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Asystole Medication

  • Author: Sandy N Shah, DO, MBA, FACC, FACP, FACOI; Chief Editor: Barry E Brenner, MD, PhD, FACEP  more...
 
Updated: Dec 26, 2015
 

Medication Summary

Parasympathetic influences during cardiopulmonary arrest have not been elucidated fully, and clinical benefits of atropine have never been confirmed.

Atropine is no longer recommended by the American Heart Association (AHA) for asystole and pulseless electrical activity (PEA).

High-dose epinephrine (0.20 mg/kg) may improve the hemodynamics of cardiopulmonary resuscitation (CPR), thereby increasing the rate of return to spontaneous circulation; however, this agent has not been demonstrated to influence the final clinical outcome. Therefore, high doses are no longer are recommended for children or adults.

Adenosine antagonists, such as aminophylline,[23] have been investigated but have not been shown to be clinically useful.

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Anticholinergic agents

Class Summary

The goal in using anticholinergic agents is to enhance sinoatrial (SA) activity and to improve conduction through the SA or atrioventricular (AV) node by reducing vagal tone via muscarinic receptor blockade. This is effective only if the site of the block is within the SA or AV node. For patients with infranodal block, anticholinergic therapy is ineffective, and it may increase a Mobitz II second-degree block to a higher degree of block or a third-degree block.

Atropine IV/IM (Atropine, Sal-Tropine, AtroPen)

 

Atropine is a parasympatholytic agent used to eliminate vagal influence on the SA and AV nodes. This agent is not effective for infranodal third-degree heart block, PEA, and asystole.

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Adrenergic agonists

Class Summary

Adrenergic agents can produce constriction of skeletal and vascular muscle.

Epinephrine (Adrenaline, EpiPen)

 

Epinephrine is considered the single most useful drug in cardiac arrest; however, some authorities question its clinical effectiveness in humans This agent is used to increase coronary and cerebral blood flow during cardiopulmonary resuscitation (CPR) and may enhance automaticity during asystole. In addition, epinephrine can be used for bradycardia in adult and pediatric patients.

Vasopressin (Pitressin)

 

Vasopressin has vasopressor and antidiuretic hormone (ADH) activity. This agent increases water resorption at the distal renal tubular epithelium (ADH effect) and promotes smooth muscle contraction throughout the vascular bed via stimulation of V1 receptors (vasopressor effect). Vasoconstriction is increased in splanchnic, portal, coronary, cerebral, peripheral, pulmonary, and intrahepatic vessels.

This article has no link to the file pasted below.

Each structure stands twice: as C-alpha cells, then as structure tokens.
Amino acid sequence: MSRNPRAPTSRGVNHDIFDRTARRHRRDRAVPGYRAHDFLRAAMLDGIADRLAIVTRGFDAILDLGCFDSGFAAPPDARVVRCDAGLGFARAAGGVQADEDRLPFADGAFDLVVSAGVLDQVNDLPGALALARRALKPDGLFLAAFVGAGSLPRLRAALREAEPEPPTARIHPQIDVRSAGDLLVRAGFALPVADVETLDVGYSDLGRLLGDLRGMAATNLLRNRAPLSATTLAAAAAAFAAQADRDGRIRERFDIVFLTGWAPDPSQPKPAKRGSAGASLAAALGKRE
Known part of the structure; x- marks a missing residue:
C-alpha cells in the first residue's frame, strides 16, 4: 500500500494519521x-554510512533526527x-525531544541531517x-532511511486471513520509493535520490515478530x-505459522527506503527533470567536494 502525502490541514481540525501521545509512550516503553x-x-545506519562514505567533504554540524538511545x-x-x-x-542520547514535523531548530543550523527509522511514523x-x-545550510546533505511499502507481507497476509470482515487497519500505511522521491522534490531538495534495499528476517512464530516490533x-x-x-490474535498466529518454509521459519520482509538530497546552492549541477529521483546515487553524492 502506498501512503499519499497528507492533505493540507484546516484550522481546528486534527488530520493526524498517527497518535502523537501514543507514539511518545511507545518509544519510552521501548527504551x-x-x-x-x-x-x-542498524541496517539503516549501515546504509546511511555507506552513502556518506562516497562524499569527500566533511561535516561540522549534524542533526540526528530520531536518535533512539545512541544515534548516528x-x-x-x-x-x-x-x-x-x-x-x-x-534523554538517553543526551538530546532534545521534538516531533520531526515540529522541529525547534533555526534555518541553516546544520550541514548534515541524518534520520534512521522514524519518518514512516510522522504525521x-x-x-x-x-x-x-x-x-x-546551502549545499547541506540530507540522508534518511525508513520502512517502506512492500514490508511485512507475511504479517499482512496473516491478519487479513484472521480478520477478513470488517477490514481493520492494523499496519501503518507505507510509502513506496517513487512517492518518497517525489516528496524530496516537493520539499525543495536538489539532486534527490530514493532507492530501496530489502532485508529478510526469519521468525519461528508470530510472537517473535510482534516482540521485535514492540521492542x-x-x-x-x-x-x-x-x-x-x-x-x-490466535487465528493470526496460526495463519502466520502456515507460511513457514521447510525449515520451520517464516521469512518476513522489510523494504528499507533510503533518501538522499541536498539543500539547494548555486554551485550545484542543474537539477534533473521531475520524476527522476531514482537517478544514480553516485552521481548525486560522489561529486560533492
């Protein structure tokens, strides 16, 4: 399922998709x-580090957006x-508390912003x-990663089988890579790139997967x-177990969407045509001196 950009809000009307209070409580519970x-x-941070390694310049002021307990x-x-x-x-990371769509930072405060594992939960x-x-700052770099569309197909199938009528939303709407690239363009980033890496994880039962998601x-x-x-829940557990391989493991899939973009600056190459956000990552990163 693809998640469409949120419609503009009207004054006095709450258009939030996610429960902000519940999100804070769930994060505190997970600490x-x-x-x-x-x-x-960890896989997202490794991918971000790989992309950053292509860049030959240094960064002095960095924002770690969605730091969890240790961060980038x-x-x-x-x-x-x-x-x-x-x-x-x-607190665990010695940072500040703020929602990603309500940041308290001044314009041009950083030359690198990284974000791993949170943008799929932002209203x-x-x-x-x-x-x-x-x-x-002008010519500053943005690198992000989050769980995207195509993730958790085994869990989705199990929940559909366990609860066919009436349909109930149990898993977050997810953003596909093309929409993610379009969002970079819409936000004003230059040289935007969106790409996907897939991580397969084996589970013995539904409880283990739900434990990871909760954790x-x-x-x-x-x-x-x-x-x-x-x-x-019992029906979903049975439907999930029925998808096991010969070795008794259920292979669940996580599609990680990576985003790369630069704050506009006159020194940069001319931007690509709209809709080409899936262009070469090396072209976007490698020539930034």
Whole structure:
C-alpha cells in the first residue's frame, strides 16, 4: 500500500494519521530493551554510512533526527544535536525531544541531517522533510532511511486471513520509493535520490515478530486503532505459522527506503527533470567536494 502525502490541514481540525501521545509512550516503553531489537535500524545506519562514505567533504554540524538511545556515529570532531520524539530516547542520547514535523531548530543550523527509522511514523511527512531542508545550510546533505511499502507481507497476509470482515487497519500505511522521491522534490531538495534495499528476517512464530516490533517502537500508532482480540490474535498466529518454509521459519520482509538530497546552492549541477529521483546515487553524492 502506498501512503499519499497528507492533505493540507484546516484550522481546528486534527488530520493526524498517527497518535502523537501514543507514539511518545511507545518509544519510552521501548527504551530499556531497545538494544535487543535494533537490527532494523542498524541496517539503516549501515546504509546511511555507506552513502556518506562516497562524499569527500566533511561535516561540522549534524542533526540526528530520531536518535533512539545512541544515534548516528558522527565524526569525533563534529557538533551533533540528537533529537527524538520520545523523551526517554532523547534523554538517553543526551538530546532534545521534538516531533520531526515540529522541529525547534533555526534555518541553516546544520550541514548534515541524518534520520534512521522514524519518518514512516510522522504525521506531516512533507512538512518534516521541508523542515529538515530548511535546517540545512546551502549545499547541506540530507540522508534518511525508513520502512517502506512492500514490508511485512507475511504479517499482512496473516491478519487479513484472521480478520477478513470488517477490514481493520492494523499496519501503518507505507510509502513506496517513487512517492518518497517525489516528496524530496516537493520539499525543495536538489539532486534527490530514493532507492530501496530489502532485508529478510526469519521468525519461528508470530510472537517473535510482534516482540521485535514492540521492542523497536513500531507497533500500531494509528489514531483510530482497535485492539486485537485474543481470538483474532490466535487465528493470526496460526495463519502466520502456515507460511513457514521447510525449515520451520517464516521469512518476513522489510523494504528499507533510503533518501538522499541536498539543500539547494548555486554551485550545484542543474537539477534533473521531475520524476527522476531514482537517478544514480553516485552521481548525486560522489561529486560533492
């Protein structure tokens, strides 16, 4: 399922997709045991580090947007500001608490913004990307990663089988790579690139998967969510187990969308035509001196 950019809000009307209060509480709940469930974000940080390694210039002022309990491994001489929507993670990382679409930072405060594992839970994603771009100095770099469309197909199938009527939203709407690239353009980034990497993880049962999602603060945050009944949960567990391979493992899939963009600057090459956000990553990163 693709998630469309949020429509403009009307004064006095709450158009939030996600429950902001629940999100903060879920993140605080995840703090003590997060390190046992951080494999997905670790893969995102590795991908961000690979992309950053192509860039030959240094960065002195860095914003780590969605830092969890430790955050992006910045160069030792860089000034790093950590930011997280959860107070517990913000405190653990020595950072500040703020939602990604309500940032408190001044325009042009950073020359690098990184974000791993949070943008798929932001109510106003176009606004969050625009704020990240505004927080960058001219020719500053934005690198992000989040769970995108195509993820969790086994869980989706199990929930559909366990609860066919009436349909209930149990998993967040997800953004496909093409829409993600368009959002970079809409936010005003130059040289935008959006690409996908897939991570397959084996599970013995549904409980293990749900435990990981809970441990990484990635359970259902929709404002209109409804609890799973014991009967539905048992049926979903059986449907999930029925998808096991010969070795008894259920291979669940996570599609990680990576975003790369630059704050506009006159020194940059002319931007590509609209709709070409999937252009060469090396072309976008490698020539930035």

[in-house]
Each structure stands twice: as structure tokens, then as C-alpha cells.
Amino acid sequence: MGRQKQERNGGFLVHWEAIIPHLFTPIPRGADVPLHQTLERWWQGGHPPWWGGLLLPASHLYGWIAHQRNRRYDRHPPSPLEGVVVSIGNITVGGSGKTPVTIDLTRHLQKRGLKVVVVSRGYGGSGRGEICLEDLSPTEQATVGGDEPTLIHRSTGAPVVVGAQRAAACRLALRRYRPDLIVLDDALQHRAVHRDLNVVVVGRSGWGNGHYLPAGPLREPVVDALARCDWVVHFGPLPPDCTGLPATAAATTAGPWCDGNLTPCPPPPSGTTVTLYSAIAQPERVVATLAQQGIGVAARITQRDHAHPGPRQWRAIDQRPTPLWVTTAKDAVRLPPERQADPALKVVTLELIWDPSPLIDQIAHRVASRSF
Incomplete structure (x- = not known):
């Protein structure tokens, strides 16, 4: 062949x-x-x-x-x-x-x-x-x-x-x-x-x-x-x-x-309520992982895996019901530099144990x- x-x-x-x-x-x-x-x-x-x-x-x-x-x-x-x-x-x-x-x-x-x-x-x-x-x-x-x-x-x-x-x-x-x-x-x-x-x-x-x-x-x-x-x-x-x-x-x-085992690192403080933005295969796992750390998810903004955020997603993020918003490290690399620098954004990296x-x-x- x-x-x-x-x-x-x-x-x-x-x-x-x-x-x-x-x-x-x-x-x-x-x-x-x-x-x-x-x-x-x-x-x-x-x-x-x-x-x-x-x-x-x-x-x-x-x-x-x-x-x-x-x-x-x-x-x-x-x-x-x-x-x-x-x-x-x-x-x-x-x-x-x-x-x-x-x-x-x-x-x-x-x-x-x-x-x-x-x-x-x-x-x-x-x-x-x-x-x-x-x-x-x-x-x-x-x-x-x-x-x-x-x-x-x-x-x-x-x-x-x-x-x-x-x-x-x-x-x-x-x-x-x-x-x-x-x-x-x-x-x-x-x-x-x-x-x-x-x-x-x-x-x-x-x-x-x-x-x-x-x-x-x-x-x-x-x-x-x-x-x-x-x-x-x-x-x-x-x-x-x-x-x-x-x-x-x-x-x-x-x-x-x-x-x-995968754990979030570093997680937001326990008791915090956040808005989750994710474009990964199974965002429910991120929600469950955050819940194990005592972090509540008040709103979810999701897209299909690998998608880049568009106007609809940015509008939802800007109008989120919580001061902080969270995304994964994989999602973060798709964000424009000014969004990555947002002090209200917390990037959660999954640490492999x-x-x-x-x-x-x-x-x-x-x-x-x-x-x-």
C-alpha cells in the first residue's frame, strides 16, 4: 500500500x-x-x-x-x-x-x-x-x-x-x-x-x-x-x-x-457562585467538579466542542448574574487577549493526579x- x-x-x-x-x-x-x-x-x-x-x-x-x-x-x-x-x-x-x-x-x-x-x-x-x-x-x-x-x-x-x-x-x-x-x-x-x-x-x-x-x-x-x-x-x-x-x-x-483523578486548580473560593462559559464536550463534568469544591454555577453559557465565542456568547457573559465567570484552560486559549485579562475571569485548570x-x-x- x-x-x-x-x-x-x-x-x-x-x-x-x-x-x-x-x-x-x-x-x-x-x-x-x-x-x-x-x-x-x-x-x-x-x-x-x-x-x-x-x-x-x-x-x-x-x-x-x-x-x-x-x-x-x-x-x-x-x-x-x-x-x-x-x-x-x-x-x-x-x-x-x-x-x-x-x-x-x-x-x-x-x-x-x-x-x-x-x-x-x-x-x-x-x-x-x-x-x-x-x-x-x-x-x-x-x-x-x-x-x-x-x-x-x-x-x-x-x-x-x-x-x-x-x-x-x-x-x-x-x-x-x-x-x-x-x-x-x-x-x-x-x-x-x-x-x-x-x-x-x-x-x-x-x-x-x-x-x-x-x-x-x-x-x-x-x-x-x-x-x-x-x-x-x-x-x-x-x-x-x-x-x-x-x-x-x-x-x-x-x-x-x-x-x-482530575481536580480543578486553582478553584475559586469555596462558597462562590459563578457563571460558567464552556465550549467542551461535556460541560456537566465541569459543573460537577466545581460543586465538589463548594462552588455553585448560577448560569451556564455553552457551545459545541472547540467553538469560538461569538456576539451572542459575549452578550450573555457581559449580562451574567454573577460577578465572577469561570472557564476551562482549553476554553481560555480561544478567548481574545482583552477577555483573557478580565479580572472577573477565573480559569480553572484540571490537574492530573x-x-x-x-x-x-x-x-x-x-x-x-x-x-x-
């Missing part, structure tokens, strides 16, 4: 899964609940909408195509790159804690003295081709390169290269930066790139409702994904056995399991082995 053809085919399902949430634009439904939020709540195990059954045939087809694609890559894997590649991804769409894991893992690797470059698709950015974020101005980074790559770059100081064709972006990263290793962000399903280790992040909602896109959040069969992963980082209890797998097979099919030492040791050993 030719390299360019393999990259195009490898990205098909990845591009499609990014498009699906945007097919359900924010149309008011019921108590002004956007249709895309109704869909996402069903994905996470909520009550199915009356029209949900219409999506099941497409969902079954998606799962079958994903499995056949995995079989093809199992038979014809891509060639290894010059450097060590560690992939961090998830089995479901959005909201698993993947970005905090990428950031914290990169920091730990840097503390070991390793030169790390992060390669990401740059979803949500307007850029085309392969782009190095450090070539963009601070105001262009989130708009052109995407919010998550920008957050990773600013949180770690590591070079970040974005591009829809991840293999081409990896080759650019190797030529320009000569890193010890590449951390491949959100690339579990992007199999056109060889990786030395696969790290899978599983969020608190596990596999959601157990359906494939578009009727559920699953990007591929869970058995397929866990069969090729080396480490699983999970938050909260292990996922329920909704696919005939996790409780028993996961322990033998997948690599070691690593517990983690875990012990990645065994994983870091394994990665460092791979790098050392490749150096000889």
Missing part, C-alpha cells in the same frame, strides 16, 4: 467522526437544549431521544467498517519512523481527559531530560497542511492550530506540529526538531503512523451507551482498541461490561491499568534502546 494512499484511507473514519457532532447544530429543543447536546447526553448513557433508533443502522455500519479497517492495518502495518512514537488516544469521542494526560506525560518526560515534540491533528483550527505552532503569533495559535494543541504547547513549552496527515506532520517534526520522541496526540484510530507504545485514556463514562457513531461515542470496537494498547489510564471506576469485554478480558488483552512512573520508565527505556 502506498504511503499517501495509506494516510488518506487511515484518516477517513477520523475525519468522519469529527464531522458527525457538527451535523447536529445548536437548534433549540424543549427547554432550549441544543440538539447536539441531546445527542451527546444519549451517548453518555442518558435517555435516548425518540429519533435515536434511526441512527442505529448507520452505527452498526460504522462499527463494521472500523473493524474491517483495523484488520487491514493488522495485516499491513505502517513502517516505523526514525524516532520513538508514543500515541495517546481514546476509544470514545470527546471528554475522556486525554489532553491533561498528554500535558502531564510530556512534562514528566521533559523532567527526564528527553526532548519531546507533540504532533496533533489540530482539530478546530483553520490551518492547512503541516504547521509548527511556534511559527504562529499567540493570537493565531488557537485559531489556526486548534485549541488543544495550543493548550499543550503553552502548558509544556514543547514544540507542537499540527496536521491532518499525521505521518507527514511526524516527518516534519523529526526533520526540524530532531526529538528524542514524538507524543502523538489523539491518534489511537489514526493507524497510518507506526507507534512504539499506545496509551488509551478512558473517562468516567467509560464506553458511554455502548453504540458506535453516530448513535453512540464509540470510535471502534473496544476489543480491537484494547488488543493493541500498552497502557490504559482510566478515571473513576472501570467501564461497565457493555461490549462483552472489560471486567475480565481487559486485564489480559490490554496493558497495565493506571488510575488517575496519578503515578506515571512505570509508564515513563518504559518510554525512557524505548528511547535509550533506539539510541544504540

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Contributor Information and Disclosures
Author

Sandy N Shah, DO, MBA, FACC, FACP, FACOI Cardiologist

Sandy N Shah, DO, MBA, FACC, FACP, FACOI is a member of the following medical societies: American College of Cardiology, American College of Osteopathic Internists, American College of Physicians, American Osteopathic Association, Society for Cardiovascular Angiography and Interventions, American Society of Nuclear Cardiology, American Medical Association

Disclosure: Nothing to disclose.

Specialty Editor Board

Francisco Talavera, PharmD, PhD Adjunct Assistant Professor, University of Nebraska Medical Center College of Pharmacy; Editor-in-Chief, Medscape Drug Reference

Disclosure: Received salary from Medscape for employment. for: Medscape.

Gary Setnik, MD Chair, Department of Emergency Medicine, Mount Auburn Hospital; Assistant Professor, Department of Emergency Medicine, Harvard Medical School

Gary Setnik, MD is a member of the following medical societies: American College of Emergency Physicians, Society for Academic Emergency Medicine, National Association of EMS Physicians

Disclosure: Medical Director for: SironaHealth.

Chief Editor

Barry E Brenner, MD, PhD, FACEP Professor of Emergency Medicine, Professor of Internal Medicine, Program Director for Emergency Medicine, Case Medical Center, University Hospitals, Case Western Reserve University School of Medicine

Barry E Brenner, MD, PhD, FACEP is a member of the following medical societies: Alpha Omega Alpha, American Heart Association, American Thoracic Society, Arkansas Medical Society, New York Academy of Medicine, New York Academy of Sciences, Society for Academic Emergency Medicine, American Academy of Emergency Medicine, American College of Chest Physicians, American College of Emergency Physicians, American College of Physicians

Disclosure: Nothing to disclose.

Additional Contributors

Edward Bessman, MD, MBA Chairman and Clinical Director, Department of Emergency Medicine, John Hopkins Bayview Medical Center; Assistant Professor, Department of Emergency Medicine, Johns Hopkins University School of Medicine

Edward Bessman, MD, MBA is a member of the following medical societies: American Academy of Emergency Medicine, American College of Emergency Physicians, Society for Academic Emergency Medicine

Disclosure: Nothing to disclose.

Richard M Caggiano, MD, FACEP Adjunct Faculty, Department of Medicine, University of Washington School of Medicine; Chief Medical Officer, Pullman Regional Hospital

Richard M Caggiano, MD, FACEP is a member of the following medical societies: American College of Emergency Physicians

Disclosure: Nothing to disclose.

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Rhythm strip showing asystole.
Rhythm strip showing ventricular fibrillation.
 
 
 
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